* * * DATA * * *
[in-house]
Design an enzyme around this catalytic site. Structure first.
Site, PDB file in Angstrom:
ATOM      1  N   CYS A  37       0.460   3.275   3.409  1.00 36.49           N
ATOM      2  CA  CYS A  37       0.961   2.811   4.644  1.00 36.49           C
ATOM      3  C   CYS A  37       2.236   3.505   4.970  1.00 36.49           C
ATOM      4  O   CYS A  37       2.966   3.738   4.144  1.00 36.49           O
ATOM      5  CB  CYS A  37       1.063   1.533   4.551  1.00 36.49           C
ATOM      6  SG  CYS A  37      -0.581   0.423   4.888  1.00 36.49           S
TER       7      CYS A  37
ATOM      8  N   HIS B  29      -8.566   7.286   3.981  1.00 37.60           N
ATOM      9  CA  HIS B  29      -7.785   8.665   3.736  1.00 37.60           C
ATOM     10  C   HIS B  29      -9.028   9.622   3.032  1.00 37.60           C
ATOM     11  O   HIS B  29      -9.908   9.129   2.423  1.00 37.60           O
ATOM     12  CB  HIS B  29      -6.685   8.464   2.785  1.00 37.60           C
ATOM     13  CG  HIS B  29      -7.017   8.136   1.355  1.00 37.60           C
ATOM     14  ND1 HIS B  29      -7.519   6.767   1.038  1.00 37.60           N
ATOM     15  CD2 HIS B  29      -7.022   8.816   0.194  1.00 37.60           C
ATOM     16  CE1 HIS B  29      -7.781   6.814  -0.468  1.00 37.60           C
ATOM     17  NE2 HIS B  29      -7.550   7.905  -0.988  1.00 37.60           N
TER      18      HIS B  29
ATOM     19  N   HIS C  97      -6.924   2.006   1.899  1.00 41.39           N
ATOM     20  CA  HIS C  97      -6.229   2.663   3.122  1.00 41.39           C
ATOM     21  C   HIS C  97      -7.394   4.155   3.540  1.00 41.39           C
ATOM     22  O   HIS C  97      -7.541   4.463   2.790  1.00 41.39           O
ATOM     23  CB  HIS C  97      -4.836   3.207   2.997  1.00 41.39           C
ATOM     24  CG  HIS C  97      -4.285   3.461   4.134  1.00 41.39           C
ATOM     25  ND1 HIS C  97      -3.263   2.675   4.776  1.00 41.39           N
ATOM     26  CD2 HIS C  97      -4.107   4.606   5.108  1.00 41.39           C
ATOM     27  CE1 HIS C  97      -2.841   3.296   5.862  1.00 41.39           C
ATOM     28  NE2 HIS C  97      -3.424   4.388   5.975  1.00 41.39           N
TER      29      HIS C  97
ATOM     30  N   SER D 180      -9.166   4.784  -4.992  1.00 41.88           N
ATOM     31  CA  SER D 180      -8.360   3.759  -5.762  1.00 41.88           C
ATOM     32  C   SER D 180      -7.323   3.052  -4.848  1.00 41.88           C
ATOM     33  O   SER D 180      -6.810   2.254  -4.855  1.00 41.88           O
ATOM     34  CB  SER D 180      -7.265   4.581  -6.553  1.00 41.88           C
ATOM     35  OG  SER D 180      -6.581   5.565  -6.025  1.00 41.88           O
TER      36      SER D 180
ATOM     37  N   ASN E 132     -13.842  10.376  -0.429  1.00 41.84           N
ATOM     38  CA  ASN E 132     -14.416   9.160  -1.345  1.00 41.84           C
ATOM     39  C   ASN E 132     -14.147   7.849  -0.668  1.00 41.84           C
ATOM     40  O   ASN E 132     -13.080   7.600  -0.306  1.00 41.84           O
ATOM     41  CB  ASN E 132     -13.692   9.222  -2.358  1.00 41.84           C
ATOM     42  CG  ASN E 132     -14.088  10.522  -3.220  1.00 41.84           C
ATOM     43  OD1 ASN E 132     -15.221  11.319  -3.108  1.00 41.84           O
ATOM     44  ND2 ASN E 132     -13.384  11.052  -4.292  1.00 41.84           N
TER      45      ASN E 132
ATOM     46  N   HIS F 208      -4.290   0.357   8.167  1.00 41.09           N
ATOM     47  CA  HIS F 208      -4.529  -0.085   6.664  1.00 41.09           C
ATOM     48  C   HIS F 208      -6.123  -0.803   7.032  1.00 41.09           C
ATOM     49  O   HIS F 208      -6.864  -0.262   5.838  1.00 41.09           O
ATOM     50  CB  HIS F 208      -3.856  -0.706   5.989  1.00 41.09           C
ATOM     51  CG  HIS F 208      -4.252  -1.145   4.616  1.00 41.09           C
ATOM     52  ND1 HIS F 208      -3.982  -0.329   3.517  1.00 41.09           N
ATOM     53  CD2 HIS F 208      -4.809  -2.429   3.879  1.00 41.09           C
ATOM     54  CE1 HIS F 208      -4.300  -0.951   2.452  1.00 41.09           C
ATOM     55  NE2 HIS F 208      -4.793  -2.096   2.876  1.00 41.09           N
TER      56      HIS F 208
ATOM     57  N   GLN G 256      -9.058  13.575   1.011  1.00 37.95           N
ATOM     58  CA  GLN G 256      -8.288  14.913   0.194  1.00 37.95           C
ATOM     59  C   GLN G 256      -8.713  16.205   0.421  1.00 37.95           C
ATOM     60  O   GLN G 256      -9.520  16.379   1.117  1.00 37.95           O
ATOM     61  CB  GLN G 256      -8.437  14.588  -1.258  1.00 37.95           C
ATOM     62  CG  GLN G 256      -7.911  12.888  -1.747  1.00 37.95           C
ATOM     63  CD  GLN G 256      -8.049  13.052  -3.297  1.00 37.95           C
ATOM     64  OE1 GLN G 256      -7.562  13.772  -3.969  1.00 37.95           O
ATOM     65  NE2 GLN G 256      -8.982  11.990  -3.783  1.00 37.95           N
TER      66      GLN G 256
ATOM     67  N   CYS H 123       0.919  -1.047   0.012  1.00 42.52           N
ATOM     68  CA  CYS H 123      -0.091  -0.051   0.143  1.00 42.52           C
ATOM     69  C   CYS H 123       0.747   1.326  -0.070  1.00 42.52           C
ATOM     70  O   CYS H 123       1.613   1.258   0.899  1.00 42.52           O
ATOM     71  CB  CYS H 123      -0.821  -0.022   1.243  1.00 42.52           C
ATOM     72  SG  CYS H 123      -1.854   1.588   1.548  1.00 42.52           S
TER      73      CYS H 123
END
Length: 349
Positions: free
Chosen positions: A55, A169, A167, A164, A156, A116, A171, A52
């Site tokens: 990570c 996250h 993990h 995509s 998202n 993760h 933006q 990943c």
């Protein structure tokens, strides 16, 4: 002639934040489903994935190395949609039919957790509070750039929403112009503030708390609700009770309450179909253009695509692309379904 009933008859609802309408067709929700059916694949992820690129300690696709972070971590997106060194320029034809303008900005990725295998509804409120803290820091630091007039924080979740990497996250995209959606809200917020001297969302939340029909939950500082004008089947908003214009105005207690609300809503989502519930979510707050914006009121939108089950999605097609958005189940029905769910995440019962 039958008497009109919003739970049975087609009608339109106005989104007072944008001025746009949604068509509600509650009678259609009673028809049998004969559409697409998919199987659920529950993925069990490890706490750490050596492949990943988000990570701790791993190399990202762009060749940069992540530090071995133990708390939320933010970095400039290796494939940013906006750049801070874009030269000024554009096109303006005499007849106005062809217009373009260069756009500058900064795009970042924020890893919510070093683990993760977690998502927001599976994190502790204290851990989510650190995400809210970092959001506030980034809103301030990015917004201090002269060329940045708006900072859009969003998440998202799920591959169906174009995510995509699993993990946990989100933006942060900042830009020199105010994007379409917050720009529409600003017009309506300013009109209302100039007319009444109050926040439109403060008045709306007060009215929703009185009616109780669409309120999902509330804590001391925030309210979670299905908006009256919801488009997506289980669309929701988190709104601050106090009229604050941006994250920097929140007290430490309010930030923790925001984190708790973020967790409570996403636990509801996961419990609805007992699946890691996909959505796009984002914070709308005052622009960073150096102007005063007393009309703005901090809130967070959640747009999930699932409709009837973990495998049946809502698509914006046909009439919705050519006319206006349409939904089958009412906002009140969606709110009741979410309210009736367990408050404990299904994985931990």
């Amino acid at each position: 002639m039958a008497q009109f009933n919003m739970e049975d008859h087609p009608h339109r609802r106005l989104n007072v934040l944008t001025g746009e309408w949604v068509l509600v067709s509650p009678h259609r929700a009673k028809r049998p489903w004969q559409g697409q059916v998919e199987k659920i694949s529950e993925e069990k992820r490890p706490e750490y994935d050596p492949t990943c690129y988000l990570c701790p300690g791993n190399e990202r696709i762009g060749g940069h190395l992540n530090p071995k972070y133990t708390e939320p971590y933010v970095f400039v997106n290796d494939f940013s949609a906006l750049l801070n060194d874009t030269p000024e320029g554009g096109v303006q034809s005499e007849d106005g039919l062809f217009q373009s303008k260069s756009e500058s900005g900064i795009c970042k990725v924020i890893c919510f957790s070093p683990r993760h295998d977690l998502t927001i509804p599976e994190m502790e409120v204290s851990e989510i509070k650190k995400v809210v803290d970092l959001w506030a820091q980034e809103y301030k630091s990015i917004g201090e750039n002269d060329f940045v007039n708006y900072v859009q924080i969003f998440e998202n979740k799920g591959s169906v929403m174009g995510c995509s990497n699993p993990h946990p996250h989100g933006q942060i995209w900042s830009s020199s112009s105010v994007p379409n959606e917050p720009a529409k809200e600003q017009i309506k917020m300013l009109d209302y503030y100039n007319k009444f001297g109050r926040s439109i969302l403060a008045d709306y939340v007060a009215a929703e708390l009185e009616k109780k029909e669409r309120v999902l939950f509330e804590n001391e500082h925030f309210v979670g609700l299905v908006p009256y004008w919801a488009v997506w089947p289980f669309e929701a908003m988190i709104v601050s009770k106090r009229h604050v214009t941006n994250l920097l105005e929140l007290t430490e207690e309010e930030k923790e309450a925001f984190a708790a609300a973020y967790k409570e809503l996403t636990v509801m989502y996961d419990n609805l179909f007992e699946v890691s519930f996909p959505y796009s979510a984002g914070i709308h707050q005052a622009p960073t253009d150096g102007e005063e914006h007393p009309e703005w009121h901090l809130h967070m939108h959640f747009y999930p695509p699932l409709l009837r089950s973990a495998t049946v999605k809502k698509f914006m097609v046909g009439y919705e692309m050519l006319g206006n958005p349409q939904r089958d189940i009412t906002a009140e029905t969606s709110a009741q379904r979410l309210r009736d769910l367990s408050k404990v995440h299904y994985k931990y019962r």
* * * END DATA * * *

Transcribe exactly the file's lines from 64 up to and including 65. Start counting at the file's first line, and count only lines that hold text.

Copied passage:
ATOM     61  CB  GLN G 256      -8.437  14.588  -1.258  1.00 37.95           C
ATOM     62  CG  GLN G 256      -7.911  12.888  -1.747  1.00 37.95           C